University of West of England faces multi-million pound losses as course funding axed
Efforts to stem NHS deficits are threatening to push higher education into the red, HSJ has learned.
The University of the West of England is understood to be considering staff cuts as it faces a multi-million pound loss due to last-minute cuts to its nursing and allied health professional courses.
As the NHS prepares to implement the government's white paper commitment to shift services into the community, the university has had funding for its new intake to community nursing courses axed entirely for 2006-07.
The university has also had funding for pre and post-registration learning disability nursing new intakes axed. And registered general nursing conversion courses to midwifery and mental health and child courses starting in September and next January left empty.
HSJ understands that the former Avon, Gloucestershire and Wiltshire strategic health authority made the cuts to its contracts with the university in April to save£900,000 as part of its efforts to close a£40m deficit, forcing it to withdraw offers already made to students.
And a survey by the Council of Deans and Heads of UK University Faculties for Nursing and Health Professions has found that just 20 per cent of nursing and allied health professional students qualifying this summer have secured jobs at the end of June compared to an average of 70 per cent or above in previous years.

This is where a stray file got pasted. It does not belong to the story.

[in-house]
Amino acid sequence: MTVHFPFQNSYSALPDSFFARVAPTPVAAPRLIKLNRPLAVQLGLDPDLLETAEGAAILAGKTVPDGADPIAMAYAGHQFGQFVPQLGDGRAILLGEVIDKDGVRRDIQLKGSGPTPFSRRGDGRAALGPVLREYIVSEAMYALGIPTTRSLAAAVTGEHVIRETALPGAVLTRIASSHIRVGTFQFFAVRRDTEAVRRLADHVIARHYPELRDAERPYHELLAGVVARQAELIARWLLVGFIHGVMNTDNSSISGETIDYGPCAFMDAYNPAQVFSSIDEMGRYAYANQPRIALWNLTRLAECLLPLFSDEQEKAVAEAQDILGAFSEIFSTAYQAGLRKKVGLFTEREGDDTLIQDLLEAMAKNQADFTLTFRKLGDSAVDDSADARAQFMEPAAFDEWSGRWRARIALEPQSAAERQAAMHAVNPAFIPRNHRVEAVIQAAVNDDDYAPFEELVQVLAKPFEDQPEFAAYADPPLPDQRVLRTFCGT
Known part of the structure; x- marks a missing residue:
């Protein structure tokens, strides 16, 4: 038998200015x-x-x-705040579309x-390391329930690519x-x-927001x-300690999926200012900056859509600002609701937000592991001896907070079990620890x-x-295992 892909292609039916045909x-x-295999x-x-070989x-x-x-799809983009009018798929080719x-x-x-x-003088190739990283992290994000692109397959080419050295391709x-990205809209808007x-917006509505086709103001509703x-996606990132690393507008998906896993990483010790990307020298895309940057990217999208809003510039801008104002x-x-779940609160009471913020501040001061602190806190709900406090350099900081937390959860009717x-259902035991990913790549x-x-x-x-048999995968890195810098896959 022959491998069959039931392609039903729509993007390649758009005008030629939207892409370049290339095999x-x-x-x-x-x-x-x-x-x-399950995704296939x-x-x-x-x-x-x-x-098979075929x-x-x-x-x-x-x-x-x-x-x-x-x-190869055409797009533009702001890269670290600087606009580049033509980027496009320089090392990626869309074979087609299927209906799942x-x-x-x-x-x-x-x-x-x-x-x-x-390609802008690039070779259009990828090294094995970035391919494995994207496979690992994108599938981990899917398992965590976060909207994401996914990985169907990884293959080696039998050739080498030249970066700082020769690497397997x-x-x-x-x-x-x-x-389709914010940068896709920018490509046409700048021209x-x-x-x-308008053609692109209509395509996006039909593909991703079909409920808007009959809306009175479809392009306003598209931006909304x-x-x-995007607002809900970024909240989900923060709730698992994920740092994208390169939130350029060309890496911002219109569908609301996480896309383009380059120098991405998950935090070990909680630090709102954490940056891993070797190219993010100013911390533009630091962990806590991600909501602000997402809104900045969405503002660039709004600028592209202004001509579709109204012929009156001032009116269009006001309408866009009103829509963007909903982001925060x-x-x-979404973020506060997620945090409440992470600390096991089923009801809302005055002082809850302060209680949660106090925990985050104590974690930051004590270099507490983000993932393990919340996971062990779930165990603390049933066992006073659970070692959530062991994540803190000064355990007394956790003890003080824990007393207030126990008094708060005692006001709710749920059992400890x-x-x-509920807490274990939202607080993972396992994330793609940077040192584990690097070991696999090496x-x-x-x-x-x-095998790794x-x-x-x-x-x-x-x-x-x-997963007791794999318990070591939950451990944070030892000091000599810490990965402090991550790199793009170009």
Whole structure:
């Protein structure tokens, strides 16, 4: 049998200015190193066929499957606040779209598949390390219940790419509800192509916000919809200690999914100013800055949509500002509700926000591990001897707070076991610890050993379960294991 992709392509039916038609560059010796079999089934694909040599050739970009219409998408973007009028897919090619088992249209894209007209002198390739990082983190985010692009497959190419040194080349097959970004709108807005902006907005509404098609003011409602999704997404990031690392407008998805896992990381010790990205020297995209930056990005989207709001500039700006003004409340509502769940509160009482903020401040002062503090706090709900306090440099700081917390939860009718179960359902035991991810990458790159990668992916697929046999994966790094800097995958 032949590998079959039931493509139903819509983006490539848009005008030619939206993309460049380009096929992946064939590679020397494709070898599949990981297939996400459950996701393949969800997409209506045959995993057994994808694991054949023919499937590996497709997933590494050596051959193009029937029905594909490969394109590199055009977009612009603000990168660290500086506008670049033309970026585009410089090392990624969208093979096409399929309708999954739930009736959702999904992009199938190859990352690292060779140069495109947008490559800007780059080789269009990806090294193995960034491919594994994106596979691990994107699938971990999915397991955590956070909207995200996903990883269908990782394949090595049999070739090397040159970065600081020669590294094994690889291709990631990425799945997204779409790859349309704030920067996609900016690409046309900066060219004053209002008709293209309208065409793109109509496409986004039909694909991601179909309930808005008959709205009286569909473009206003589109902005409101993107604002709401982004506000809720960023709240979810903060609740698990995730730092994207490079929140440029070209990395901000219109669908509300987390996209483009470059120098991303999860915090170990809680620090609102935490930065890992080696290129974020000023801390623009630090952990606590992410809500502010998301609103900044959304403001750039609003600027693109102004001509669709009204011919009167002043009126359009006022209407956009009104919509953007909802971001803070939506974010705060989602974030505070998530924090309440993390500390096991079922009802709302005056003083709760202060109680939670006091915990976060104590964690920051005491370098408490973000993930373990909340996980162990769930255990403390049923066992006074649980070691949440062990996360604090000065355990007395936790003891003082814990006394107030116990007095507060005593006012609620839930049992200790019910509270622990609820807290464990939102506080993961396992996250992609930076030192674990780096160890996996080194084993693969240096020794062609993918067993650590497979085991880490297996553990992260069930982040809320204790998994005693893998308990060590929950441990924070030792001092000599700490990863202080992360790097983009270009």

Council chair Jill Macleod Clark told MPs at a Commons health select committe evidence session last Thursday that there was 'no doubt' that the nursing and AHP 'pot of money' had been 'raided' to balance NHS deficits.
She added that health minister Lord Warner has also refused to agree to ringfence training funds for the next financial year which would prevent SHAs using it to balance service debts.
'The long-term consequences for NHS workforce requirements could be devastating as the reduction in funding does not correspond with a fall in demand,' said Ms Clarke.
MPs also heard alarm from medical training representatives that education had not been recognised in new SHA 'constitutions'.
Professional Medical Education Training Board chief executive Paul Streets said it was 'difficult to see SHAs being able to' provide 'national strategic leadership' on workforce planning needed over the next year.
And Professor John Tooke, chair of the Council of UK Medical Schools, said he and his colleagues were 'very concerned' that new SHA boards did not have a dedicated education and training representative, and that training was missing from the new Healthcare Commission developmental standards.
Meanwhile the government announced this week that junior nurses can only be recruited from abroad if NHS trusts cannot fill vacancies with nurses trained in the UK or Europe.
Nurses working at bands five and six under Agenda for Change have been removed from the Home Office's 'shortage occupation' list because there has been an increase of 82,000 qualified nurses since 1997 and there are 'record numbers' of nurses in training.
But the Royal College of Nursing said the move was shortsighted, claiming over 150,000 nurses are approaching retirement in the next five to 10 years.